They say honesty is the best policy – but who are “they,” anyway, and might they be lying about that? One scholar at Harvard Business School has been accused of manipulating data points in more than one study to bolster her theories about … honesty. Then again, the story of Francesca Gino – the said scholar – was reported by The New York Times, a paper that has had its own problems with truthfulness and accuracy. Is The Times being honest about Gino being dishonest about honesty? Since politics are not involved, we can probably assume that, yes, the report is accurate. So, where is all this going and, if we are being honest, why should we care?
Honesty is a big deal these days. Most media companies avoid it like the plague, and the interwebs and social media platforms are awash with what is now termed misinformation or disinformation. To make matters even more complicated, some of that disinformation is in fact accurate and truthful – which means the people who are telling us it’s misinformation are misinforming us.
Harvard Grapples With a Dishonesty Problem
Gino and some of her Harvard colleagues conducted studies that were intended to test a theory in behavioral science. When people fill in tax forms or insurance forms – any document, really, on which they are supposed to enter accurate information – they are likely to answer questions more truthfully if one small change is made to the forms. That’s the theory. Many government or business documents that record information have a section at the bottom requiring the person filling in the form to attest to the accuracy of the facts and figures provided. Gino proposes that if that section – the bit that says something like, “I attest that the information provided is accurate … “ – is placed at the top of the form, rather than at the bottom, people tend to be more truthful.
Gino is, or was, a respected scholar – and her studies appeared to prove her theory. However, some of her colleagues are now alleging that the data points from these studies have been fiddled with. Perhaps someone should come up with a way to make Harvard scholars more truthful.
The bigger story here is that scholars, professors, academicians, and so-called “experts” of all kinds should never be trusted without independent verification of whatever it is they are claiming. The field of higher learning is a cutthroat business. The pressure to publish books and studies, to gain the respect and admiration of one’s peers, to secure funding, or perhaps to gain tenure at one of the top Ivy League ivory towers of academia is enormous. Failing that, a lucrative consultancy or directorship with a corporation will do nicely.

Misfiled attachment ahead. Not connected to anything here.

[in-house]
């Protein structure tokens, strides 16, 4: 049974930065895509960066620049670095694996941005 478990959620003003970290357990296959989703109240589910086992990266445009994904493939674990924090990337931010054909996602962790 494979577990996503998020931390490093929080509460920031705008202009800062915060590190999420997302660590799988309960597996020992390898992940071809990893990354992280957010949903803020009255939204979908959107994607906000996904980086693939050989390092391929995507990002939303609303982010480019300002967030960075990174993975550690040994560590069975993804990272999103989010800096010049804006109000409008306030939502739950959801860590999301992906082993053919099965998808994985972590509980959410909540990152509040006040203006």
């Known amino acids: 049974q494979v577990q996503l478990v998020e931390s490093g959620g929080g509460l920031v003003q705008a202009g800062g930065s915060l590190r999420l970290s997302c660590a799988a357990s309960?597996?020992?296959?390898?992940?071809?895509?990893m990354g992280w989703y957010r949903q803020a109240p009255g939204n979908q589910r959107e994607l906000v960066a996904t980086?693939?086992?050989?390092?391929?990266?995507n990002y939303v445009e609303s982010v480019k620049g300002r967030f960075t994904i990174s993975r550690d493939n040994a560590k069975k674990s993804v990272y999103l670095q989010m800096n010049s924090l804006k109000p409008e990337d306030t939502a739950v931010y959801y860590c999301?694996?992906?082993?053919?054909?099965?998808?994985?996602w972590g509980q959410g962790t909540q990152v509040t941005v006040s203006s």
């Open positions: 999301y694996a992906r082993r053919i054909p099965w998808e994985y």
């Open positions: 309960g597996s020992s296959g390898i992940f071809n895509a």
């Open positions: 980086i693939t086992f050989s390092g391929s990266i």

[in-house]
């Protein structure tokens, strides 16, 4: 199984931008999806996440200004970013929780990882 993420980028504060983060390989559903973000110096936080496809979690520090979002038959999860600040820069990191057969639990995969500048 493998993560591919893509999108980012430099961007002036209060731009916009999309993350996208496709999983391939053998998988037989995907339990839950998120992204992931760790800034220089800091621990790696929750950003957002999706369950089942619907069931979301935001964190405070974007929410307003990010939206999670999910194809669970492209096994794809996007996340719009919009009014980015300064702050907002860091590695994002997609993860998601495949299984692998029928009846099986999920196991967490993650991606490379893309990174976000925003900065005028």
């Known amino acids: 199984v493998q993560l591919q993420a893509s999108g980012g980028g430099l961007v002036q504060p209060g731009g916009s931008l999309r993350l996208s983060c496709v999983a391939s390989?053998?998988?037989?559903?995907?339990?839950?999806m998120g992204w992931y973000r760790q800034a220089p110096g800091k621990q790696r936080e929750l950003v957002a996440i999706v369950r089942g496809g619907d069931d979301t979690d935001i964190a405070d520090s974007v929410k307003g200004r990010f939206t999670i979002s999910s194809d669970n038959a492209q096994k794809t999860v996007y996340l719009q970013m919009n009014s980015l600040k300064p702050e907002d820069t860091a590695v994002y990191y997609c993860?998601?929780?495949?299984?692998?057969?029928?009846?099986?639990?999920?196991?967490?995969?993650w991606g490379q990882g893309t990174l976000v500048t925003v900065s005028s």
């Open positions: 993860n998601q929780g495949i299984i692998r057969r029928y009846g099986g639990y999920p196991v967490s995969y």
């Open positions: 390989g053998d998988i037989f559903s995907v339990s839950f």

There’s no telling how many academic or scientific studies have been tainted by the need of the authors to promote certain behaviors or beliefs. Meanwhile, a lot of people who are highly qualified are being punished for telling the truth, such as Dr. Johnson Varkey, a biology professor who was allegedly fired from a college in Texas because he was teaching his students that sex was determined by X and Y chromosomes.
Imagine the temptation, then, to massage the data in a way that makes Professor Smarty McSmartypants look a lot cleverer than he or she really is. Think about the allure of being able to make all kinds of claims and believe that one will never be challenged because, well, one has letters behind one’s name and because one is published and celebrated in one’s field.
This kind of thing happens all the time. Scholars and “experts” pop up all over the place – often featured in the media – and tell us what we are supposed to believe. But it’s always a good idea to think about motive. Few people, unfortunately, are unflinchingly honest all the time – especially when being less than honest could in some way benefit them or promote a favored agenda. When political or cultural points are on the line, the scope for dishonesty is wide. Honesty might – or should – be the best policy, but healthy skepticism is most certainly a better one these days, even when listening to Harvard scholars.
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